A legal clinic that advocates for Ontario’s Black community is losing its funding due to its failure to address concerns of financial mismanagement and poor governance. The decision, made Wednesday by a committee of Legal Aid Ontario’s board of directors, will take effect as soon as Sept. 30.David Field, Legal Aid’s president and CEO, said provisions are being made to continue serving the community helped by the African Canadian Legal Clinic. The clinic, founded in 1994, gets about 35 per cent of its funding from Legal Aid, which in 2016-17 totalled about $669,730, according to a Legal Aid spokesperson.
“Every dollar of funding currently provided to ACLC will be redirected to a new organization to provide dedicated services to the Black community,” Field said in a statement released Wednesday afternoon. Legal Aid will “immediately” begin working with members of the community to establish the new organization, the statement says. “In the meantime, LAO will provide legal services through the Human Rights Legal Support Centre (HRLSC), members of the private bar and LAO’s Test Case Program.”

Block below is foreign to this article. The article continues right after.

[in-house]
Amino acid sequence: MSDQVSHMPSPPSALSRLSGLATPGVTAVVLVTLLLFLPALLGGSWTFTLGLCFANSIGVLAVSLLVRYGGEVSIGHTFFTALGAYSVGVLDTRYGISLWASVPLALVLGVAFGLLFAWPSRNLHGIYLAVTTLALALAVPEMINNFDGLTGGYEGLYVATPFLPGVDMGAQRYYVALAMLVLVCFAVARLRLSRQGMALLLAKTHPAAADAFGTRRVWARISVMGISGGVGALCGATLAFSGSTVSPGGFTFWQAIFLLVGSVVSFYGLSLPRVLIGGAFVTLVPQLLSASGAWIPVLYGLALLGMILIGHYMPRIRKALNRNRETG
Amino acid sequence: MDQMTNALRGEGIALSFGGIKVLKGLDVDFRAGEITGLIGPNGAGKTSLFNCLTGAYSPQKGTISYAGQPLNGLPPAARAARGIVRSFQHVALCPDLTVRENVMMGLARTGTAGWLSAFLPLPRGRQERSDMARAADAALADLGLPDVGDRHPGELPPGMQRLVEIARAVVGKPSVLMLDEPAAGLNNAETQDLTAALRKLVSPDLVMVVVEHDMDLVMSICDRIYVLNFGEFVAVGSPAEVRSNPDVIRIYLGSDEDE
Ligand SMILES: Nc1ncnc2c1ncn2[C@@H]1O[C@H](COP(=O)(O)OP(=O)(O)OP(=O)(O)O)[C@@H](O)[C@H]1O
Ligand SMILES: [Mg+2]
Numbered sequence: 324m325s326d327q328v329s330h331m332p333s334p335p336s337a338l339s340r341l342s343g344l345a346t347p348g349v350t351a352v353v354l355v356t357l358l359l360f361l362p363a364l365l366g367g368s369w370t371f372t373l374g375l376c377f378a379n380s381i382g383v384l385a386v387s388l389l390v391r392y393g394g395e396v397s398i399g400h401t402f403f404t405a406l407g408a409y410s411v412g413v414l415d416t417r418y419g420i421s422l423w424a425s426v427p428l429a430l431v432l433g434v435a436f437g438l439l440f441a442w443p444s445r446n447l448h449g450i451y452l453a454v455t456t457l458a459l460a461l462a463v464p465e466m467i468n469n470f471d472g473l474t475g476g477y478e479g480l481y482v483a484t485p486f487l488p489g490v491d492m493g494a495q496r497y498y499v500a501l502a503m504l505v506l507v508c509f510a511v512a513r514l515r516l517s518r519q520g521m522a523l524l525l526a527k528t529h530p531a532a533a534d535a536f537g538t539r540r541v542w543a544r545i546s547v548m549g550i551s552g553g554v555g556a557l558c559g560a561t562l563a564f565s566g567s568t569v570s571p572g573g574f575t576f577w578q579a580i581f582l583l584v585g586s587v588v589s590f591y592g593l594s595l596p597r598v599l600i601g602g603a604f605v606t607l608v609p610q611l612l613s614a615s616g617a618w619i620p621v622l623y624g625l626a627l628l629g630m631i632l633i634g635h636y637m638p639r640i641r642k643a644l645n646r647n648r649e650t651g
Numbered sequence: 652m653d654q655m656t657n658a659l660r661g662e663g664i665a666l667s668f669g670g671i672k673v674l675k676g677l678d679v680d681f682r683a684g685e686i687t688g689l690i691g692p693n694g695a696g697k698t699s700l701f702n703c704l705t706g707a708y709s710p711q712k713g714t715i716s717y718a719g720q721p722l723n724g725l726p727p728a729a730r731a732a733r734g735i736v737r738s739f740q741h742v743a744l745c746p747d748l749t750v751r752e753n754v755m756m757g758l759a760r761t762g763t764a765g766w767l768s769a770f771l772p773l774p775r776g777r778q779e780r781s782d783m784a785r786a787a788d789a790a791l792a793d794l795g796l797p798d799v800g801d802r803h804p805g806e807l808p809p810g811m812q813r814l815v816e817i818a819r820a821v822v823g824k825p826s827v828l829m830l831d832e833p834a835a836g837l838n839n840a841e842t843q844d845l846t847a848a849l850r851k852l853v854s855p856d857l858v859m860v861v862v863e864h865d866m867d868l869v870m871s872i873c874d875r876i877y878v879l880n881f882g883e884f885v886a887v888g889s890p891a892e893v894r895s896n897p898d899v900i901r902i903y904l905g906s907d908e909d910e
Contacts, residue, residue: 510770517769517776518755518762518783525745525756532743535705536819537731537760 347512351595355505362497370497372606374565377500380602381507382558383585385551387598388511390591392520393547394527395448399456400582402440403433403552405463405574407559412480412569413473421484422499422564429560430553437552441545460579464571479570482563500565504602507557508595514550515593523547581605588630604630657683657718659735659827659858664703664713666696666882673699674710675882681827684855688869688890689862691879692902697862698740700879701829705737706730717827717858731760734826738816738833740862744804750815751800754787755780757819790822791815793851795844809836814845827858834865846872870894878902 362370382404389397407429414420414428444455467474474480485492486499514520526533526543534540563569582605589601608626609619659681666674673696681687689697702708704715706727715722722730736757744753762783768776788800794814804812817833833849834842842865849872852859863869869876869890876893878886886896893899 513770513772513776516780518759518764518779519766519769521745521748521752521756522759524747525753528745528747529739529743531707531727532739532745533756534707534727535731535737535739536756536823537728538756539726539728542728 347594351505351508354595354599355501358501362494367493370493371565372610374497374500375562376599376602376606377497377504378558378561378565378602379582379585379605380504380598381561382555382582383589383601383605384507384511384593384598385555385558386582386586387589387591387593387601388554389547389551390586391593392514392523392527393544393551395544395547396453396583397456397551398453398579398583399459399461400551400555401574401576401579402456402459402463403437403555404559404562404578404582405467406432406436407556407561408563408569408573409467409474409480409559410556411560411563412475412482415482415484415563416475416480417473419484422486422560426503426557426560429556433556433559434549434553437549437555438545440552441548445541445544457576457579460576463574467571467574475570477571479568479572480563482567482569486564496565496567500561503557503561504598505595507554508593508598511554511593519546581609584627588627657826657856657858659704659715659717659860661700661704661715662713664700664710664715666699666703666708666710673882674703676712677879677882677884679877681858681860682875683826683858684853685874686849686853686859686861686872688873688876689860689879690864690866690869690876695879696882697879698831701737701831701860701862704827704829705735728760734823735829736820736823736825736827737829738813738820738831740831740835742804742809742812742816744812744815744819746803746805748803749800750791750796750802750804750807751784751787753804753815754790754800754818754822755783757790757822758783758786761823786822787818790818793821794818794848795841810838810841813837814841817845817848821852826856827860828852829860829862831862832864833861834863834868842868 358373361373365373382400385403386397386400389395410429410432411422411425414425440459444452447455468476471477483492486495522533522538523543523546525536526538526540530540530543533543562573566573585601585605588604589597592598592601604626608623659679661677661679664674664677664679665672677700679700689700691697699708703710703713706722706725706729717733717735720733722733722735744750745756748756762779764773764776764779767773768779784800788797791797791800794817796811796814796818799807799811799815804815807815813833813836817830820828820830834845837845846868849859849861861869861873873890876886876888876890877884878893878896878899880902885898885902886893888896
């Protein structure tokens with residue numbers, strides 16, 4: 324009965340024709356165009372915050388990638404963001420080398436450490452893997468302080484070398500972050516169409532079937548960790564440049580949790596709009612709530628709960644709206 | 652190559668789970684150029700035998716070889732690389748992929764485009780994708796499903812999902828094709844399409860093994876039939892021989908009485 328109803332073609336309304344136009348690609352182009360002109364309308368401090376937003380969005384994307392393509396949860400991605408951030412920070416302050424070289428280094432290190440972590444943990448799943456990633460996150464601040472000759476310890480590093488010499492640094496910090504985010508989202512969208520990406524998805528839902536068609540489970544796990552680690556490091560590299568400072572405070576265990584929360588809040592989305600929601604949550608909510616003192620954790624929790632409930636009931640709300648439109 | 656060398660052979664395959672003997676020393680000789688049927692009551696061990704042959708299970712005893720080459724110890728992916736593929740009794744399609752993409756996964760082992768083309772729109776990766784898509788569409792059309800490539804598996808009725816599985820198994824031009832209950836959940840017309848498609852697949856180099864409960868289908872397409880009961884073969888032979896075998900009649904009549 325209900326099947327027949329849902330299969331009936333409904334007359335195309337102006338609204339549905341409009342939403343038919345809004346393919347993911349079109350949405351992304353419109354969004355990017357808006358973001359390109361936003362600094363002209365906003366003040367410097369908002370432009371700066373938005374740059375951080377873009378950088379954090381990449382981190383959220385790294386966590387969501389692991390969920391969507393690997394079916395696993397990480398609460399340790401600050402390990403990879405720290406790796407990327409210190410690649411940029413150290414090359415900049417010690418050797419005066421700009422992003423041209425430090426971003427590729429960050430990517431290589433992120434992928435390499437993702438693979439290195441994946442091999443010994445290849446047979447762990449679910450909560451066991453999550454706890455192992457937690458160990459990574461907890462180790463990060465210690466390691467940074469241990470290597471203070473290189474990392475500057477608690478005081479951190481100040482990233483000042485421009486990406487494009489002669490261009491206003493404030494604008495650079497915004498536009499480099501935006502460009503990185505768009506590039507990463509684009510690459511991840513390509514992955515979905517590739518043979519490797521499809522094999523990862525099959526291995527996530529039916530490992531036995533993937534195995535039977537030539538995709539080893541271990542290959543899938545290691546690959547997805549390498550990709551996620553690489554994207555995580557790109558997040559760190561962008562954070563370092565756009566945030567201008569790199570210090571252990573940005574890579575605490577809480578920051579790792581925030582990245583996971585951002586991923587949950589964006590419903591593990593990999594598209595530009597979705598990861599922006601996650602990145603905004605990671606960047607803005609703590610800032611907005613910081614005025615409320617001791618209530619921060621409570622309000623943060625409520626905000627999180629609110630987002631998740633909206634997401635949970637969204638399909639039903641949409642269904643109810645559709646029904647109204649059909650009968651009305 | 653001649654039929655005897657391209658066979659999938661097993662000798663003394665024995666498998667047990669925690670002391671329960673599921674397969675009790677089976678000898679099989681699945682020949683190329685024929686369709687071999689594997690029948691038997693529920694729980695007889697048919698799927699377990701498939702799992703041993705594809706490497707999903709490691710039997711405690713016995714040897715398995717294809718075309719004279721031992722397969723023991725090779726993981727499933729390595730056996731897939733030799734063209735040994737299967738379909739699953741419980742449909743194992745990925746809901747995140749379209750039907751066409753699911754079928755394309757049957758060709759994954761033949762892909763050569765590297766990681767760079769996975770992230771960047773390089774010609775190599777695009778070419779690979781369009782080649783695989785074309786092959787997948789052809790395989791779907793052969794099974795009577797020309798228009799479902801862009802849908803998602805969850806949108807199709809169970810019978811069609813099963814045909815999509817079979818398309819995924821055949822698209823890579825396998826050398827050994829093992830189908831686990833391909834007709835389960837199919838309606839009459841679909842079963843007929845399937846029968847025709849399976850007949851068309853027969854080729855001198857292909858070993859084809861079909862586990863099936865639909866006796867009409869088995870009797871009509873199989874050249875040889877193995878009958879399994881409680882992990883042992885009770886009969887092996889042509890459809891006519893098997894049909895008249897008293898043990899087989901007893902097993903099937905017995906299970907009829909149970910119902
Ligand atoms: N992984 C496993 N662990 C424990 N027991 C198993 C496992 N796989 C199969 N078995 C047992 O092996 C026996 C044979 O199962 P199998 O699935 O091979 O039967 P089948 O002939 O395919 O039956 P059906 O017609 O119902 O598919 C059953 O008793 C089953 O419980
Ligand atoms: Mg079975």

Metro first reported about concerns at the African Canadian Legal Clinic, which date back to 2009, in early August. A 2016 committee decision obtained by Metro in August references a 2013 independent audit by PwC that found executive director Margaret Parsons had charged $754 for a diamond ring to a company credit card in 2007 and did not provide evidence she had paid it back. The audit also found funding for vacant staff positions was used for $120,000 in bonuses to the executive director over a four-year period. Parsons did not immediately respond to a request for comment Wednesday. In an earlier interview with Metro, she denied any wrongdoing or mismanagement. She said she had paid the money for the ring back and denied giving bonuses. Both the PwC audit and the June 2016 decision, as well as the final decision, have now been posted on Legal Aid’s website. In its decision, the Legal Aid committee found the clinic had failed to meet four of eight conditions it imposed to address concerns back in 2014. Those included submitting a financial restructuring plan; allowing a Legal Aid observer to attend all board meetings; and adopting policies related to travel, hospitality and use of corporate credit cards.